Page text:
Two Gulf states are gearing up for the introduction of a value added tax to bolster local economies as they attempt to break free from the reliance on oil.
The United Arab Emirates is planning to introduce VAT in the first quarter of 2009 but a final decision on the timing has yet to be made, a senior customs official said on Monday.
"We will be the one to launch it first," Abdul Rahman Al Saleh, Dubai Customs' executive director, told Reuters. "We were planning for the last quarter of 2008 but we have put it back to the first quarter of 2009."
Al Saleh said the UAE tax would be "between two and five per cent" and would help compensate for revenue lost when the customs duty is scrapped, upon introduction of the VAT.
"VAT is the best tax system for strengthening the economy of the UAE," he said.
The tax will be imposed on consumer goods and services.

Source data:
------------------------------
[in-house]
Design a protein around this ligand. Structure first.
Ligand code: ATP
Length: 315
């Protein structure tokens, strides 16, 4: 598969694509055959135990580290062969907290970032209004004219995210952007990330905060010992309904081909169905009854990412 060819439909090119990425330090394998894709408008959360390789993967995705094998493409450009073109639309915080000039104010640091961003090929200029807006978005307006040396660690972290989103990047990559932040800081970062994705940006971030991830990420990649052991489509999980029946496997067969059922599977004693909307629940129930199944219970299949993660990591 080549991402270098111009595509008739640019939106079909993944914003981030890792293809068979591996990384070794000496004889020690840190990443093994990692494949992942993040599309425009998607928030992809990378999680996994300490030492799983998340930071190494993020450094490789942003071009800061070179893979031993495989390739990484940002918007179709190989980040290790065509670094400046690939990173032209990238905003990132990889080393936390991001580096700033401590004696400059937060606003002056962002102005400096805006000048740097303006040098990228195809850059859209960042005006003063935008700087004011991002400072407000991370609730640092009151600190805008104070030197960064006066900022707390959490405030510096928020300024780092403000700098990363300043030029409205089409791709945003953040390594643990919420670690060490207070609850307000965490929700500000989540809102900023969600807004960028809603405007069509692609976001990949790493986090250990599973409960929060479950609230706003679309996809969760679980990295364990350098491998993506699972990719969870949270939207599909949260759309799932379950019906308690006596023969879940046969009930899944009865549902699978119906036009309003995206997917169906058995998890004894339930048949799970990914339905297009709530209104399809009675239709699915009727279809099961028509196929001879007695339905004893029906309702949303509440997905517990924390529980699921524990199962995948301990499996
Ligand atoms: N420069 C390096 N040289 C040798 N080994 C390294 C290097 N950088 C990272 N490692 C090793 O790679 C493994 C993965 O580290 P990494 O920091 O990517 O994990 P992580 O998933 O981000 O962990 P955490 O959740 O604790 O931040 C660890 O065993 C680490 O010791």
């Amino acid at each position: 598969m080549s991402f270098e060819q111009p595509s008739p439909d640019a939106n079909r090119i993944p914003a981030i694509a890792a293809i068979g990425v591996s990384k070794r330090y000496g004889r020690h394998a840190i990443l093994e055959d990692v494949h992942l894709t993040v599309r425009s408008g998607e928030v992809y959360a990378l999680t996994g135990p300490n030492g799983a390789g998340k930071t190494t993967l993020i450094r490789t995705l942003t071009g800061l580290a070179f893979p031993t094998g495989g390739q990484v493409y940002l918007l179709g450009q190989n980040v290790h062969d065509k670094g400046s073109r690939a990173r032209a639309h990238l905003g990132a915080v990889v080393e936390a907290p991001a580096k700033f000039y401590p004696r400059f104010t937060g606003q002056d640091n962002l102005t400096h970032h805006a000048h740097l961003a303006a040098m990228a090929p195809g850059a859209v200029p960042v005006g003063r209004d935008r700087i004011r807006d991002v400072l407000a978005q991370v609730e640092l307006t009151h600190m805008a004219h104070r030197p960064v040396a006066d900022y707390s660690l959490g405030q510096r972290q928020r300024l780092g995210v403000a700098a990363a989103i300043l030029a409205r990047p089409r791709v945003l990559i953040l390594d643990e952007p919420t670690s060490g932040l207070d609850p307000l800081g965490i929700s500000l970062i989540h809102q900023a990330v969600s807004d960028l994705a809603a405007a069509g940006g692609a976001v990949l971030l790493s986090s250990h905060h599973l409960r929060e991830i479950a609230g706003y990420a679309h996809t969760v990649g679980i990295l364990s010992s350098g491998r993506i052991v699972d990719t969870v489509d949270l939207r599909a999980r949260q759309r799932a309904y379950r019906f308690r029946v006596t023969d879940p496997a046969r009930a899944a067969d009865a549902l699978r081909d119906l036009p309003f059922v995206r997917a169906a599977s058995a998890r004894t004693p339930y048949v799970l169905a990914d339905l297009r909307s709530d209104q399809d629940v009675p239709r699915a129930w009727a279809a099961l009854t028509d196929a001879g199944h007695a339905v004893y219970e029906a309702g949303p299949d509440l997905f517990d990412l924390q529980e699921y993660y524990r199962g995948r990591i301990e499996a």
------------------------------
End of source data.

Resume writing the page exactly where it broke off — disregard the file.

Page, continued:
Al Saleh said that any inflation caused by the VAT should be less than a "diminishable half a per cent."
Inflation in the second-largest Arab economy hit a 19-year peak of 9.3 per cent in 2006 and probably accelerated to 10.9 per cent last year, according to a National Bank of Abu Dhabi estimate.
In April, the dollar-pegged country's economy minister said the UAE’s inflation target of five per cent this year would be "a miracle".
Al Saleh said that VAT could be introduced across the Gulf Arab region by 2012 but that such a move "depends on the situation and the economy and the way they do things."
OMAN TO CUT RELIANCE ON OIL
Oman is planning to introduce a value added tax (VAT) as part of a government drive to cut its reliance on oil and could bring in the measure as early as next year, a government official said on Monday.
The government relies on oil for about 70 per cent of its income. The maximum VAT rate would be 5 per cent and apply to "general goods", except in health, said the official, without being more specific.
The rate is capped "in consideration of prevailing inflation," the official told Reuters on the sidelines of a conference in the Omani capital, Muscat.
Annual inflation in Oman accelerated to 11.56 per cent in March from 11.11 per cent in February, its highest level in at least 18 years, government data showed this month.
"VAT is definitely happening in Oman and we are sounding out all our clients to prepare for it," Michael Armstrong, managing partner of KPMG, told Reuters.